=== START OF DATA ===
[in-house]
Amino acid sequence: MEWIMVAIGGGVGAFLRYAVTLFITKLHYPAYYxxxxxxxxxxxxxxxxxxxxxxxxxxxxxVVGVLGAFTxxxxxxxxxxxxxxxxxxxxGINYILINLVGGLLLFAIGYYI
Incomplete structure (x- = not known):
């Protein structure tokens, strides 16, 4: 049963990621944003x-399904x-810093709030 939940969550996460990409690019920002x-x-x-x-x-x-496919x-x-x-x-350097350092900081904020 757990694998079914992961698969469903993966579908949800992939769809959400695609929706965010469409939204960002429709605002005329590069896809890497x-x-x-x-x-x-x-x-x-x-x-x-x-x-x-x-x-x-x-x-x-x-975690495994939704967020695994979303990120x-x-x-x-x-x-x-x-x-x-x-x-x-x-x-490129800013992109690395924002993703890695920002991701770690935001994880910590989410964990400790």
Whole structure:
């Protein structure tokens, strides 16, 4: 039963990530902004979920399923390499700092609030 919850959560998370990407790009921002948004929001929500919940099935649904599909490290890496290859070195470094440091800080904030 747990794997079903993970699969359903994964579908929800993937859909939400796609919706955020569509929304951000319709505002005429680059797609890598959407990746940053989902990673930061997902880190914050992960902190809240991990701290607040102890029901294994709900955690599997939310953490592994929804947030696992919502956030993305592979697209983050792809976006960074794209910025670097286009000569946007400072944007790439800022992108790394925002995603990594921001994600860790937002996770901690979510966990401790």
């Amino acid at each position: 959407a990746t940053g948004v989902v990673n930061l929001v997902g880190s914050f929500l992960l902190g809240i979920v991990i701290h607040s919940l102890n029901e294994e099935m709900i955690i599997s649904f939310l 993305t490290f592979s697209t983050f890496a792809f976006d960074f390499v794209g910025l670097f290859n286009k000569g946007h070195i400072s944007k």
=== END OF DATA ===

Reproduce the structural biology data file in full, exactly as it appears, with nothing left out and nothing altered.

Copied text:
[in-house]
Amino acid sequence: MEWIMVAIGGGVGAFLRYAVTLFITKLHYPAYYxxxxxxxxxxxxxxxxxxxxxxxxxxxxxVVGVLGAFTxxxxxxxxxxxxxxxxxxxxGINYILINLVGGLLLFAIGYYI
Incomplete structure (x- = not known):
């Protein structure tokens, strides 16, 4: 049963990621944003x-399904x-810093709030 939940969550996460990409690019920002x-x-x-x-x-x-496919x-x-x-x-350097350092900081904020 757990694998079914992961698969469903993966579908949800992939769809959400695609929706965010469409939204960002429709605002005329590069896809890497x-x-x-x-x-x-x-x-x-x-x-x-x-x-x-x-x-x-x-x-x-x-975690495994939704967020695994979303990120x-x-x-x-x-x-x-x-x-x-x-x-x-x-x-490129800013992109690395924002993703890695920002991701770690935001994880910590989410964990400790």
Whole structure:
């Protein structure tokens, strides 16, 4: 039963990530902004979920399923390499700092609030 919850959560998370990407790009921002948004929001929500919940099935649904599909490290890496290859070195470094440091800080904030 747990794997079903993970699969359903994964579908929800993937859909939400796609919706955020569509929304951000319709505002005429680059797609890598959407990746940053989902990673930061997902880190914050992960902190809240991990701290607040102890029901294994709900955690599997939310953490592994929804947030696992919502956030993305592979697209983050792809976006960074794209910025670097286009000569946007400072944007790439800022992108790394925002995603990594921001994600860790937002996770901690979510966990401790």
């Amino acid at each position: 959407a990746t940053g948004v989902v990673n930061l929001v997902g880190s914050f929500l992960l902190g809240i979920v991990i701290h607040s919940l102890n029901e294994e099935m709900i955690i599997s649904f939310l 993305t490290f592979s697209t983050f890496a792809f976006d960074f390499v794209g910025l670097f290859n286009k000569g946007h070195i400072s944007k």